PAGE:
3 justify the discovery sought.

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4 The case best describing the showing required to compel J.</urgia discovery is US. v.

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Armstrong (1996) 517 U.S. 456. In the Armstrong case, two defendants filed a motion seeking

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discovery to support of their claim that they had been "selected for federal prosecution because they
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are black." (Id. at 459.) Initially, the defendants submitted a single affidavit from a paralegal
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employed by the Federal Public Defender's Office declaring that since 1991, every single one of the
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10 24 crack cocaine distribution cases the office had handled involved a black defendant. When the
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11 trial court found that lacking, the defendants filed three additional documents: (1) a declaration
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fro m a defense attorney who had been told by a. drug treatment center employee that there were
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equal numbers of White and non-White 'users and dealers'; (2) a declaration from another defense
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attorney who claimed "without elaboration" that "in his experience many non·blacks are prosecuted
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in state court for crack offenses"; and, (3) a newspaper article which reported that federal crack
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offenses were punished more severely than powder cocaine offenses and 'almost every single one
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18 of them is black.'" (Id_ at 460-461.)


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19 "The justifications for a rigorous standard for the elements of a selective-prosecution claim
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thus require a correspondingly rigorous standard for discovery in aid of such a claim." (Armstrong
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at p. 468, 116 S.Ct. 1480.) The Supreme Court noted that there should be a "background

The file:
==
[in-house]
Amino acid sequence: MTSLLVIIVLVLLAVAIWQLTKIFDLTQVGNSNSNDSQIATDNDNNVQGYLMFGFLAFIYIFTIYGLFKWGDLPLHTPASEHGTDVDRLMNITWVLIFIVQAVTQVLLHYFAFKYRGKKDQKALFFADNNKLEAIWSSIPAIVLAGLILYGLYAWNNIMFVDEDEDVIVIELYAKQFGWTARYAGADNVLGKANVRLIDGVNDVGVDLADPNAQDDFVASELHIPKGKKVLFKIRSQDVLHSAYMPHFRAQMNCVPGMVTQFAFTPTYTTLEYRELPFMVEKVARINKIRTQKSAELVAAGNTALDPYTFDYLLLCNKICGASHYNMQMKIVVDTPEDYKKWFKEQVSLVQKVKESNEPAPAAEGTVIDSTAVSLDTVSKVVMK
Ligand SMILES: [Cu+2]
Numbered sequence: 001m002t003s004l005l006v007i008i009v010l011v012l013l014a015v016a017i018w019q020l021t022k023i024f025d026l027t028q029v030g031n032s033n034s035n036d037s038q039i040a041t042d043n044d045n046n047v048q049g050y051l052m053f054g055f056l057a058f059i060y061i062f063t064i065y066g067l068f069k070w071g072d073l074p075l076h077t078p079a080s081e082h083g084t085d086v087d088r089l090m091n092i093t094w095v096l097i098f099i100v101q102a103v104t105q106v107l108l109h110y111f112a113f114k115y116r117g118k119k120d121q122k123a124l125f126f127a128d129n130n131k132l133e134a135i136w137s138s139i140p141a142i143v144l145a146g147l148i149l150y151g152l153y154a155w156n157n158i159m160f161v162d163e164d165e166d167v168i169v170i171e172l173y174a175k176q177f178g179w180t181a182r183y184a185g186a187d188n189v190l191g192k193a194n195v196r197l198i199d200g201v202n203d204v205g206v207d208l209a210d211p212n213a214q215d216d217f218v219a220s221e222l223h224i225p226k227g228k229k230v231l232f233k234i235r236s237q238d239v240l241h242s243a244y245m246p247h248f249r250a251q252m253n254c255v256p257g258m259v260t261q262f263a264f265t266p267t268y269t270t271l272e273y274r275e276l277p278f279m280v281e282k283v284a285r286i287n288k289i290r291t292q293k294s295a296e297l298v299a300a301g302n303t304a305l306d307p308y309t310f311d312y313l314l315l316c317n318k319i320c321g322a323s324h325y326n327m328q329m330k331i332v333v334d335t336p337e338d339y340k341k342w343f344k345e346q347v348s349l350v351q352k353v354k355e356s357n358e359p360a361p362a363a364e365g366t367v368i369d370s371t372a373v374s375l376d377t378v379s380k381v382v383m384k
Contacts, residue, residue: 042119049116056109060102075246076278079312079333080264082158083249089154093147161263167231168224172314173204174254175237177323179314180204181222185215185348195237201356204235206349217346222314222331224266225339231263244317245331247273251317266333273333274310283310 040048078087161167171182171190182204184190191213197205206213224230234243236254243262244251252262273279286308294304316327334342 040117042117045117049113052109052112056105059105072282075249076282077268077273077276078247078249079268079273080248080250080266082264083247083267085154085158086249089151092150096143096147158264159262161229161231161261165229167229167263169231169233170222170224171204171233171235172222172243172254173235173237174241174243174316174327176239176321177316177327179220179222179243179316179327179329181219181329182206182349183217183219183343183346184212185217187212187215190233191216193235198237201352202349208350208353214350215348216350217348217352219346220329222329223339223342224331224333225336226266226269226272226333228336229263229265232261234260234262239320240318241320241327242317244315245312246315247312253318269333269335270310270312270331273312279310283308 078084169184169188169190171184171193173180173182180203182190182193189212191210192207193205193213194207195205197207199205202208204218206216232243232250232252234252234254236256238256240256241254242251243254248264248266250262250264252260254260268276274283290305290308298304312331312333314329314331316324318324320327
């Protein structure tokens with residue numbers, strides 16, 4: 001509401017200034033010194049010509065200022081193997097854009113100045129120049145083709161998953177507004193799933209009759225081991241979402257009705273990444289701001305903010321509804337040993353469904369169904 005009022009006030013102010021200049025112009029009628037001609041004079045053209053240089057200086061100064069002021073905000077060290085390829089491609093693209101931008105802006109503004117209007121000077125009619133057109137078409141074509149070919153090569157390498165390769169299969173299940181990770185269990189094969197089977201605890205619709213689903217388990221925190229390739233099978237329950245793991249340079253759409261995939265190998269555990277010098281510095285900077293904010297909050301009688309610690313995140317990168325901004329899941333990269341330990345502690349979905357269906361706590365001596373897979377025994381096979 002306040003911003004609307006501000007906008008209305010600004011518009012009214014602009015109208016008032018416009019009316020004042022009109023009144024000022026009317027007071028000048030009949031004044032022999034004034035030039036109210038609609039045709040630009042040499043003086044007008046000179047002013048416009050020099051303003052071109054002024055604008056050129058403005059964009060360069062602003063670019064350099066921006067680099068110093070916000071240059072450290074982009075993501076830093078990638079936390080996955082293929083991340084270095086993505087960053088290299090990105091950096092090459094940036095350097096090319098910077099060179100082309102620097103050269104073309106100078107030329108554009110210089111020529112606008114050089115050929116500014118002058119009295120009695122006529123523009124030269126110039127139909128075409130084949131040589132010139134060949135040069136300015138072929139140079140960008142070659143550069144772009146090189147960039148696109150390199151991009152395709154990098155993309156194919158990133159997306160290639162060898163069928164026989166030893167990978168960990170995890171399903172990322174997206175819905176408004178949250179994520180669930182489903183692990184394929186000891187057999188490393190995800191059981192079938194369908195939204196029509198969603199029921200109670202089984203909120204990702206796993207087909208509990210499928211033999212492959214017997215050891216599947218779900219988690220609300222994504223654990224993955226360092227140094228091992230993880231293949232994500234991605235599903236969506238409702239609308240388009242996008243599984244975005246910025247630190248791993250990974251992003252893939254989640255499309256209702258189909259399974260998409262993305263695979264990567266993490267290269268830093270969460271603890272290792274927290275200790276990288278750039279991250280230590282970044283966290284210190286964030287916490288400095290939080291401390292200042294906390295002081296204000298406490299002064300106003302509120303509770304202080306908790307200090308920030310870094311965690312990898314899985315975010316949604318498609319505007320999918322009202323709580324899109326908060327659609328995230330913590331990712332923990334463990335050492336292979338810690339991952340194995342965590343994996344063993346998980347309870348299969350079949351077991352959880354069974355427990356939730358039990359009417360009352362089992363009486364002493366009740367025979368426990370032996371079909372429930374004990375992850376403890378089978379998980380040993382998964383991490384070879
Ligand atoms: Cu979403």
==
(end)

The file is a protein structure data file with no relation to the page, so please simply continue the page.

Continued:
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1 Ms. Bossi claims tl1at she is being discriminated against bocau.•e •he covers "local news as a journalist" and is active ·

24 "local county politics." Although neither of those classifications are protect�d classes recognized by the State or
Federal Constitutions, to tho extent they constitute 11n identifiable group, her inclusion in oithor of them would be
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26 2 The declaration itself is hearsay and inadmissible.


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presumption" that the "showing necessary to obtain discovery should itself be a significant barrier

2 to the litigation of insubstantial claims." (Armstrong at 465.) In rejecting the "evidence" provided,

3 our High Court noted that the affidavits submitted by the defense attorneys "merely recounted

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4 hearsay and reported personal conclusions based on anecdotal evidence" and that the "study" did

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not show that any non-blacks could have been prosecuted for the crimes with which defendants

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were c harged (Armstrong at 470.) In sum, the defendant must make a credible threshold showing
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that the gov ernment has treated

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similarly situated persons differently.
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Here, there has been no such showing. TI1e declaration supplied by attorney Dan Mayfield

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10 suffers from the exact same deficits as were present in Armstrong. He notes that he has "personally